[Leningrad, 1920s]. 46 items. Archive consists of 3 photos of the actors (signed), 3 posters on the performances of the theatre, 2 programs, the folder with numerous newspaper clippings with the articles on the theatre, 6 typescripts of the plays that passed censors in different republics of the Union (it was done for the tours, every area required a new censor’s stamp), drawings of scenery and props with explanation text, the list of the troupe members and theatre’s staff, the hand-written repertoire of the theatre, the handwritten list of things to do by Kulekov, where he mentions ‘the necessity of creating the completely new artistic method’ and ‘transforming the repertoire towards education of the workers’ etc.; the folder with theatre’s documentation, notes from Kulikov to the
actors, screenplays, protocols, speeches etc. including the part of the screenplay for ‘Battleship Potyomkin’, adapted for stage by Trakhtenberg that was never staged.
‘Krivoe zerkalo’ was a well-known cabaret theatre that existed in St. Petersburg and Leningrad in 1908-1931. Originally the idea to create ‘the theatre of the parody’ came to editor-in-chief of the magazine ‘Teatr i iskusstvo’ [i.e. Theatre and Art] Alexander Kugel (1864-1928), his wife actress Zinaida Kholmskaya (1866-1936), one of the most popular satirist writers of the day Teffi and others. At the same time the similar idea occurred to V. Meyerhold and as a result two theatres were open under one roof - ‘Krivoe zerkalo’ by Kugel and ‘Lukomorie’ by Meyerhold. However soon ‘Lukomorie’ closed down and ‘The Mirror’ became one of the few cabaret theatres in St. Petersburg. The performances have started at midnight, and the concept was to include the actors from other theatres to participate in performances after their usual shifts. In 1910-1917 one of the brightest experimentations of Russian avant-garde theatre Nikolay Evreinov became the main director of ‘Krivoe zerkalo’, the theatre adopted more serious tone, the troupe became more stable.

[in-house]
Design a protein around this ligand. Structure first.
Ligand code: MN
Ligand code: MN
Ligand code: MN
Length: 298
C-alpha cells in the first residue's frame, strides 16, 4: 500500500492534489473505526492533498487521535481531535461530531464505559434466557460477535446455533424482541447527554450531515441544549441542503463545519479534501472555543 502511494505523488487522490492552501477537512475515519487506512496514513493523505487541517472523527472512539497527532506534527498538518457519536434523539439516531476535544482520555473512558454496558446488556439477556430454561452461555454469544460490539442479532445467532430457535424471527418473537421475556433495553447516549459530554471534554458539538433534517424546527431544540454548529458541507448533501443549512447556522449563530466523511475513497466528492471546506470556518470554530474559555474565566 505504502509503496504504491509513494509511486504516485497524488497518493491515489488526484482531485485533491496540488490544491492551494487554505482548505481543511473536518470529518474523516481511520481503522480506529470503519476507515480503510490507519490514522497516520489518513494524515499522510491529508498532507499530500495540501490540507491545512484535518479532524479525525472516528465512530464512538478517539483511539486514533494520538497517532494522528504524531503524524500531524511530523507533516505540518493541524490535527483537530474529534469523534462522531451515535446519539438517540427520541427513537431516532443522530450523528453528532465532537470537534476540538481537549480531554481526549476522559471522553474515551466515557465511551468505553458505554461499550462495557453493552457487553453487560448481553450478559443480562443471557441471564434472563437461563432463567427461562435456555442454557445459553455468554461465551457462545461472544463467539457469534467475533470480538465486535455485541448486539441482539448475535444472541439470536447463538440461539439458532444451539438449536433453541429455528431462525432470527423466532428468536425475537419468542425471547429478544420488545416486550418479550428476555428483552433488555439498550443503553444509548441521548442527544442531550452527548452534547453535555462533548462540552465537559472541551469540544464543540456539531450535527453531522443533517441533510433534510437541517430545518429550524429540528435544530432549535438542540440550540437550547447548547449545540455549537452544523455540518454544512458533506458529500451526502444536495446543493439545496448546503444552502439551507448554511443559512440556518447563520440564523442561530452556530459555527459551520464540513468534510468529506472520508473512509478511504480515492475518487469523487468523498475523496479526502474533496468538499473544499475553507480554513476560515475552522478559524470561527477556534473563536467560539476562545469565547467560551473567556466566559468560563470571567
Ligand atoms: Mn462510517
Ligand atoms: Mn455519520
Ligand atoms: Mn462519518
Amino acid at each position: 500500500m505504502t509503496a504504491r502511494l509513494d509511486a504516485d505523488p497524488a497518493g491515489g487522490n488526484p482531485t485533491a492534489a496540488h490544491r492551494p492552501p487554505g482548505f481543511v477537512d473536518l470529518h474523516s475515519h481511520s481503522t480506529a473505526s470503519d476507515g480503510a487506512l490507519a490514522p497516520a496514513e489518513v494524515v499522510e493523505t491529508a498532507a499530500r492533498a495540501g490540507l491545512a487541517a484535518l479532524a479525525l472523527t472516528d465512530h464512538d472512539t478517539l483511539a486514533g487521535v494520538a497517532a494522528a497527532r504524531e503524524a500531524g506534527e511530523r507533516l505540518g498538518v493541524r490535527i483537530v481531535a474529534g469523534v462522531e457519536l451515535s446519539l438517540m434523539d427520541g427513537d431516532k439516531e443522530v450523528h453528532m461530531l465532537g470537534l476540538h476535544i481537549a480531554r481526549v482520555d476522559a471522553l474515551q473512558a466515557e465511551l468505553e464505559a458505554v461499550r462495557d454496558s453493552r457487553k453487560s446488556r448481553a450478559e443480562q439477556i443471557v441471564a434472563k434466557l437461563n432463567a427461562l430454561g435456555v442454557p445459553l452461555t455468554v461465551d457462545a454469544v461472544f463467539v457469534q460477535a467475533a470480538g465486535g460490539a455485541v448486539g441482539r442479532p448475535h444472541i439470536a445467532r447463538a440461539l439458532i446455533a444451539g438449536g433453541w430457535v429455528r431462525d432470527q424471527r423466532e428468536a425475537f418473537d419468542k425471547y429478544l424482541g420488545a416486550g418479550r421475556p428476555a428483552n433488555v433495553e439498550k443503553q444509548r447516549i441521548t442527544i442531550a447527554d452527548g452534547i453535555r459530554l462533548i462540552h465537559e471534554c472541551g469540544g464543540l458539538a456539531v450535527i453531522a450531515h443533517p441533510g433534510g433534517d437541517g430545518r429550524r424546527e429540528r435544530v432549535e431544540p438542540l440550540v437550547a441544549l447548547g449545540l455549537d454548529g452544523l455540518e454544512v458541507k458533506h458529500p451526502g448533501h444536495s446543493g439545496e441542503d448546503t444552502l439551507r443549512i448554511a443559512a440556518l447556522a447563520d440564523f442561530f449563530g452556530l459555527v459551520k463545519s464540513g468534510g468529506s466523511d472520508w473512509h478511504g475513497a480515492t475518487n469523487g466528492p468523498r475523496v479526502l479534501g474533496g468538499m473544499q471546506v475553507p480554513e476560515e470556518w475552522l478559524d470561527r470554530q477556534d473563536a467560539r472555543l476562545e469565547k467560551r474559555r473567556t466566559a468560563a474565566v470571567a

The theatre was temporarily shut down during the Civil War and was reopened by Kugel in 1922. In 1920s Kugel tried to remain in the tradition set by the theatre pre-1917: it was a satirical theatre, repertoire included parodies, Kugel also restored Evreinov’s old productions. Theatre didn’t gain back its popularity, because in 1920s Soviet Russia the new standards of Satire and Humor started to show, reflected more by Moscow Theatre of Satire and alike. Our archive covers the last period of the existence of the theatre - second half of 1920s, till 1931. In 1928 Kugel has passed away, and a member of magazine ‘Rabochy i teatr’ Valentin Kulekov became the new director.
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